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    Thread: What to ask contractors for mid-size pond project?

    1. #21
      Paul Sabucchi's Avatar
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      Forgot to say that even the infamous YouTube can be a valuable source of ideas. Over here in Europe, maybe because space is often limited, ponds tend to be on the small side and mostly of unimaginative design (mine is not small but not of extravagant shape either) but there are exceptions and even rectangular ponds can be made more interesting with large viewing windows.
      Worth checking this channel, he is from Holland (speaks good English, only rarely double-dutch) but has shown ponds from Switzerland and Germany as well. This is the latest video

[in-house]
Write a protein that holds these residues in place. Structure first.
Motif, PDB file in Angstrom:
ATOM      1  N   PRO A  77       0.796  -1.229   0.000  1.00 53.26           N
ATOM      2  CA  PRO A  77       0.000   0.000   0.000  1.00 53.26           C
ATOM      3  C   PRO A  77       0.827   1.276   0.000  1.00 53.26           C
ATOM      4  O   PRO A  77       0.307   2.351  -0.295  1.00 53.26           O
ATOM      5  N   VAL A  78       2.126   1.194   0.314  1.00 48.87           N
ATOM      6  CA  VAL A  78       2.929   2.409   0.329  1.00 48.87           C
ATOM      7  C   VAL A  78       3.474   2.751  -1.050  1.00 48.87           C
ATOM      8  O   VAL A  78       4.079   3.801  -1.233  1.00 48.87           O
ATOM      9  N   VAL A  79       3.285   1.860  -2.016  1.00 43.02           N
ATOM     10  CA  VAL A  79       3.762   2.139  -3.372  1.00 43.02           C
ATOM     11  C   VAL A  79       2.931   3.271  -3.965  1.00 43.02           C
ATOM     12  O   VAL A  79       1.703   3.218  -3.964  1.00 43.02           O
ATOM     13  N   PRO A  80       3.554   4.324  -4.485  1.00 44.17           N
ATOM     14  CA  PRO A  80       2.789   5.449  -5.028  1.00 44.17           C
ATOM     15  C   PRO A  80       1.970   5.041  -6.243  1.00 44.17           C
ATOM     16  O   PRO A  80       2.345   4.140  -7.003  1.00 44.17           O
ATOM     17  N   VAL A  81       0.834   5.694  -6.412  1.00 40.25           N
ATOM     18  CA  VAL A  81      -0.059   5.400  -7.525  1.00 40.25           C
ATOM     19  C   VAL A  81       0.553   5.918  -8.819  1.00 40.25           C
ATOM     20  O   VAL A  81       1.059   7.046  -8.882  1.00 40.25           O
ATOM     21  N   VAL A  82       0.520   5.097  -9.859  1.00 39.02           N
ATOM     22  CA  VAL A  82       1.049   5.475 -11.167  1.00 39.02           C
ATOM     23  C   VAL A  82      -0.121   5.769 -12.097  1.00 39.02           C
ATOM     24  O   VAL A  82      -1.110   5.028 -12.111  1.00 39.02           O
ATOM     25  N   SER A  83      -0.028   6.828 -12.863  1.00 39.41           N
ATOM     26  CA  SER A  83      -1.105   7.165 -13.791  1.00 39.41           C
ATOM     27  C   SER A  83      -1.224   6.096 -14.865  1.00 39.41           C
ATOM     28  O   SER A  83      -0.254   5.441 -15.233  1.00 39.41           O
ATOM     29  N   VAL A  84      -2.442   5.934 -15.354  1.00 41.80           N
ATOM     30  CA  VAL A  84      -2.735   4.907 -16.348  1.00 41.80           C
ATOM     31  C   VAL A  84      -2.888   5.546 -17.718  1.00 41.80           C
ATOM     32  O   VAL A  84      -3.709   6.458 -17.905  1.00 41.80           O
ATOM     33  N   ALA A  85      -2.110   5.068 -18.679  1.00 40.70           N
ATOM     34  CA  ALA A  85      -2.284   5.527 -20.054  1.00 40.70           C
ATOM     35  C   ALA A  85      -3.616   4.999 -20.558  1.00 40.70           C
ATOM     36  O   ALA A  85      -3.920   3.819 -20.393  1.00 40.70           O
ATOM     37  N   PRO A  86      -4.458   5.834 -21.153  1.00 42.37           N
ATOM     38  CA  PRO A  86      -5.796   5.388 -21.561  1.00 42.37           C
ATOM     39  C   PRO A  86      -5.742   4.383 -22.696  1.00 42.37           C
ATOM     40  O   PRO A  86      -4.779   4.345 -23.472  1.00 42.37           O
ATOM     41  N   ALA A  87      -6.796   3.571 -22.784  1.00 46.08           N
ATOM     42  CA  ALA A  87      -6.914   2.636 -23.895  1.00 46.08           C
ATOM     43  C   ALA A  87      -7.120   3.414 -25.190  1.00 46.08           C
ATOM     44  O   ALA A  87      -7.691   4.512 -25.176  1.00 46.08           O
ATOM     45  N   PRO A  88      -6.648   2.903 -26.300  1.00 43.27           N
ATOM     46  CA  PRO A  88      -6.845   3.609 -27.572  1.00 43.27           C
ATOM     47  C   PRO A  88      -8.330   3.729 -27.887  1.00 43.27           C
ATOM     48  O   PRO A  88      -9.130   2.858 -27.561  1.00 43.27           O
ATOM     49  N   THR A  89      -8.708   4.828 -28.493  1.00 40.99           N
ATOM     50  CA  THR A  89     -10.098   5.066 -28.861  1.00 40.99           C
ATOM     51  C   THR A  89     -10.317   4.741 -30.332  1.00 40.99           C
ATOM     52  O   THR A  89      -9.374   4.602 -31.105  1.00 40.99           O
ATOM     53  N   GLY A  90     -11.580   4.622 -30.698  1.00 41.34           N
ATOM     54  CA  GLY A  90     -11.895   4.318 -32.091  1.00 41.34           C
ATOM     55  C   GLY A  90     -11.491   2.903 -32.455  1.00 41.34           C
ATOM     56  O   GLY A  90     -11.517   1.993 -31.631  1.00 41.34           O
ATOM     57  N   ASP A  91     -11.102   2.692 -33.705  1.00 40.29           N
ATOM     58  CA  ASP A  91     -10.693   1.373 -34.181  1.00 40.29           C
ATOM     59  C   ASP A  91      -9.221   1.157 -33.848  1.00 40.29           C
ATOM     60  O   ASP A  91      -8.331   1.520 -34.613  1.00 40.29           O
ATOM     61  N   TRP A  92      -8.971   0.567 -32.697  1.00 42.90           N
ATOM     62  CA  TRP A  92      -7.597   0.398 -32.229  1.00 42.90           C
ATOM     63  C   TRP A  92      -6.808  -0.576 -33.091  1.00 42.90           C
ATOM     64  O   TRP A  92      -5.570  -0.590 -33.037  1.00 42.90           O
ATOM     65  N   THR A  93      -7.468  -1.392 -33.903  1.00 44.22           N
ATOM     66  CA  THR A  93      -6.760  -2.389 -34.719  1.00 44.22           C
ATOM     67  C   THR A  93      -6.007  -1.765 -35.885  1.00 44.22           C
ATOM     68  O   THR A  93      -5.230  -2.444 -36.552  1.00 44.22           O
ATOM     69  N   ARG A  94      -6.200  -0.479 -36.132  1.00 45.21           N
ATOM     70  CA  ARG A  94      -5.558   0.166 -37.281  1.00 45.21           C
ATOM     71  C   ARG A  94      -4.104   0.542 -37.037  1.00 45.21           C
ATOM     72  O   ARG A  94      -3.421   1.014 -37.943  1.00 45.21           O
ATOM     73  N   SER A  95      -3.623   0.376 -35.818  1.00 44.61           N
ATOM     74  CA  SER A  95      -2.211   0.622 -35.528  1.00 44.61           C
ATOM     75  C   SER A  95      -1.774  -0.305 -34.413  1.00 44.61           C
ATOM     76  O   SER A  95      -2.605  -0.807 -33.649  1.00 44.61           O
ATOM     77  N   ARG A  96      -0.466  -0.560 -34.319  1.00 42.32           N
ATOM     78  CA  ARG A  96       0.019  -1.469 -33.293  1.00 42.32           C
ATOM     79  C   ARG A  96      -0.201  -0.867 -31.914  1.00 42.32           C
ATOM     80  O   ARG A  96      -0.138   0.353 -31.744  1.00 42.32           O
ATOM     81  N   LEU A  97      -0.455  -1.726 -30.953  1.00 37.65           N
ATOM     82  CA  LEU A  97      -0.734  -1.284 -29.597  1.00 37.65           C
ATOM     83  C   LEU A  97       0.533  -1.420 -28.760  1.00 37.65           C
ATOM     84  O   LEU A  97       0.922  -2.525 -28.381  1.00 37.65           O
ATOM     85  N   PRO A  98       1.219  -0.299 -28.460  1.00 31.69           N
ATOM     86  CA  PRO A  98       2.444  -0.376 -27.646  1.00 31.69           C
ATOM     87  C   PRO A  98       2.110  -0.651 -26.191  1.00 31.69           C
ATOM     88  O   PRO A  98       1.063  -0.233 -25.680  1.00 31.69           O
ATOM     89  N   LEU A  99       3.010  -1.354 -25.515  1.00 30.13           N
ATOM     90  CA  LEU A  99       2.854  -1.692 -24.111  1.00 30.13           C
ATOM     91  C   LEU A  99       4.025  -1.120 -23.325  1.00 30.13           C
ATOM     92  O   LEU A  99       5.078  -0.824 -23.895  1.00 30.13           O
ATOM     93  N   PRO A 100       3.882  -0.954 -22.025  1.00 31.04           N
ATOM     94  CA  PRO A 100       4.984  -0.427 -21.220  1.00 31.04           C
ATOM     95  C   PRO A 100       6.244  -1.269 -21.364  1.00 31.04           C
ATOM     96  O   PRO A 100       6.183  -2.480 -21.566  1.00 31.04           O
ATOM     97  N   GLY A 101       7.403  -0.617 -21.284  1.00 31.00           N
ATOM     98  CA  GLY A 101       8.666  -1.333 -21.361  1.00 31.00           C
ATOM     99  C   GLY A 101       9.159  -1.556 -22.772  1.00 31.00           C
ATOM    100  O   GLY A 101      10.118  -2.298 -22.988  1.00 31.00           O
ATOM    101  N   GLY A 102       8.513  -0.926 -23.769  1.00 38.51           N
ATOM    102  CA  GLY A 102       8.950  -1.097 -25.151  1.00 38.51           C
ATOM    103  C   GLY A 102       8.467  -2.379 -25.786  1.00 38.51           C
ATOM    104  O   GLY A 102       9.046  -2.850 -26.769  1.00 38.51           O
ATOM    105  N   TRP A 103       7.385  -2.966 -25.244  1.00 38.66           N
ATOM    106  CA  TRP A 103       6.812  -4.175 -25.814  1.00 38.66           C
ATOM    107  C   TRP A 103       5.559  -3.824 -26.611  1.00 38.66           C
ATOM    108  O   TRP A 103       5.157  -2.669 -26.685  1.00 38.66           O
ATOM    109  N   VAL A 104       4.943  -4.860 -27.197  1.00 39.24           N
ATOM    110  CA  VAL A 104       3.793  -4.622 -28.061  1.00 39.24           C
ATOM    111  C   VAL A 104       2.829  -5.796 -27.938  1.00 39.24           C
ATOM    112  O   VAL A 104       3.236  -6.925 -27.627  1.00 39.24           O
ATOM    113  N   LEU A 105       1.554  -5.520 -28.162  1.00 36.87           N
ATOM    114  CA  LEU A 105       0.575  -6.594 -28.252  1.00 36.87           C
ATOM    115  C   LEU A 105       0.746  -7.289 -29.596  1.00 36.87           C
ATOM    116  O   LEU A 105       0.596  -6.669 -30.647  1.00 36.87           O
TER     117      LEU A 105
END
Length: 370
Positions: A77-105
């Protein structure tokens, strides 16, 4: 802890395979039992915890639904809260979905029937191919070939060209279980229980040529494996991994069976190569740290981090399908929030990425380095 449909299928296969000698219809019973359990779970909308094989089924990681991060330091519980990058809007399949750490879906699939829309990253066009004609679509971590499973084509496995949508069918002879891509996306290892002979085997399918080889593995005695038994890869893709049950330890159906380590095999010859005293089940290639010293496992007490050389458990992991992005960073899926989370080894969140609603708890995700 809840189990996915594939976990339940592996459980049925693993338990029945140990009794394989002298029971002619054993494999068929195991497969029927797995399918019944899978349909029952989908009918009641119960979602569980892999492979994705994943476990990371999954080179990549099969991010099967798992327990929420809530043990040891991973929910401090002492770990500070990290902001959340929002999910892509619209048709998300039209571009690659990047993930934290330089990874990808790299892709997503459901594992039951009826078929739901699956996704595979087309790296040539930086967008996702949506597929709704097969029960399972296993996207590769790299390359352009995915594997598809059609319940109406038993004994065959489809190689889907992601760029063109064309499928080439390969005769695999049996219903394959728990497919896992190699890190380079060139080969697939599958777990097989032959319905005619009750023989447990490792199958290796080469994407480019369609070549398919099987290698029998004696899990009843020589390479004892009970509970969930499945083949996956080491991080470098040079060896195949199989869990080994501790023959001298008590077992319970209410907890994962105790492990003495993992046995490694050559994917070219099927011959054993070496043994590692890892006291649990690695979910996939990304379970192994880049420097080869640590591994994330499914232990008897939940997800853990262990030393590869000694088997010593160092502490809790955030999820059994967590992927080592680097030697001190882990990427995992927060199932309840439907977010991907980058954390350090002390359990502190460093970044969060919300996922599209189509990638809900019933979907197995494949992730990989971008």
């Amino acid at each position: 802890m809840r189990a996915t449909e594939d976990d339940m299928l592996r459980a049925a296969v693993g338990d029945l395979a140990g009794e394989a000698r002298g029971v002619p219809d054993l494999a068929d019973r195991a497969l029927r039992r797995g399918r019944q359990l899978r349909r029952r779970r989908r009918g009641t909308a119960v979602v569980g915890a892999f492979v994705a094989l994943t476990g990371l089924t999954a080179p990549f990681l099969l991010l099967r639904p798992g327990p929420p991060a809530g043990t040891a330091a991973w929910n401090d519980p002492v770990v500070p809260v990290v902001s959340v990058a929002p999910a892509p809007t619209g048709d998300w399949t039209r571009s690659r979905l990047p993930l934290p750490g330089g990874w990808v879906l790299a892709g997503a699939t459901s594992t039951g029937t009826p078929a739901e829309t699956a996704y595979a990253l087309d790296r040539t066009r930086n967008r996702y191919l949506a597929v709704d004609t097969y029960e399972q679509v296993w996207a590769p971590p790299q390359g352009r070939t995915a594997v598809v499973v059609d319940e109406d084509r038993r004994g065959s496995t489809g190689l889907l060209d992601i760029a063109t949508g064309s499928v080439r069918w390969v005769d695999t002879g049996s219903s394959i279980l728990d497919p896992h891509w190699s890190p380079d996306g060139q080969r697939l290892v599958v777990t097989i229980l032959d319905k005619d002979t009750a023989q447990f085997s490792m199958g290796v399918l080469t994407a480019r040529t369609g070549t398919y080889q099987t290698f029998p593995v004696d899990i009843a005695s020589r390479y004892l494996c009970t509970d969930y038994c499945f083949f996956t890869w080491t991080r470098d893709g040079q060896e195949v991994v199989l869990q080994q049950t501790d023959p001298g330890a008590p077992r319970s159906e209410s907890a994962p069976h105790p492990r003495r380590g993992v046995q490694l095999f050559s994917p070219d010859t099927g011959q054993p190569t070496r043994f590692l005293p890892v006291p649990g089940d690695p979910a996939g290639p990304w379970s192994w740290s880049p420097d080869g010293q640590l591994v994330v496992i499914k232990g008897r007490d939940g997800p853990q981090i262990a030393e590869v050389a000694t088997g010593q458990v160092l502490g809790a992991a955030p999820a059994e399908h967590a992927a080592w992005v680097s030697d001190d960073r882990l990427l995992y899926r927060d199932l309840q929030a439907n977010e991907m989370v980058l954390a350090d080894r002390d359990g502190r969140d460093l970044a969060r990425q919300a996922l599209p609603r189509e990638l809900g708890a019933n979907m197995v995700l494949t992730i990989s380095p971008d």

https://youtu.be/ovPaTiQGEdw
      On this very nice pond and stream, as in some of the others (like this one https://youtu.be/CmrRMFoKYgw) the filtration is in a dugout so can be disguised as decking or some such. In others the filtration is above ground so has to be housed in some kind of shed (so you would have to think where to place that as well)
      This pond is on another level (actually a lot of levels) https://youtu.be/AlRFyCkEZIY
      Some other European ponds here https://youtu.be/oL5FmsY3rIY
      Last edited by Paul Sabucchi; 01-06-2022 at 09:23 AM.

    2. #22
      Jerome is offline Member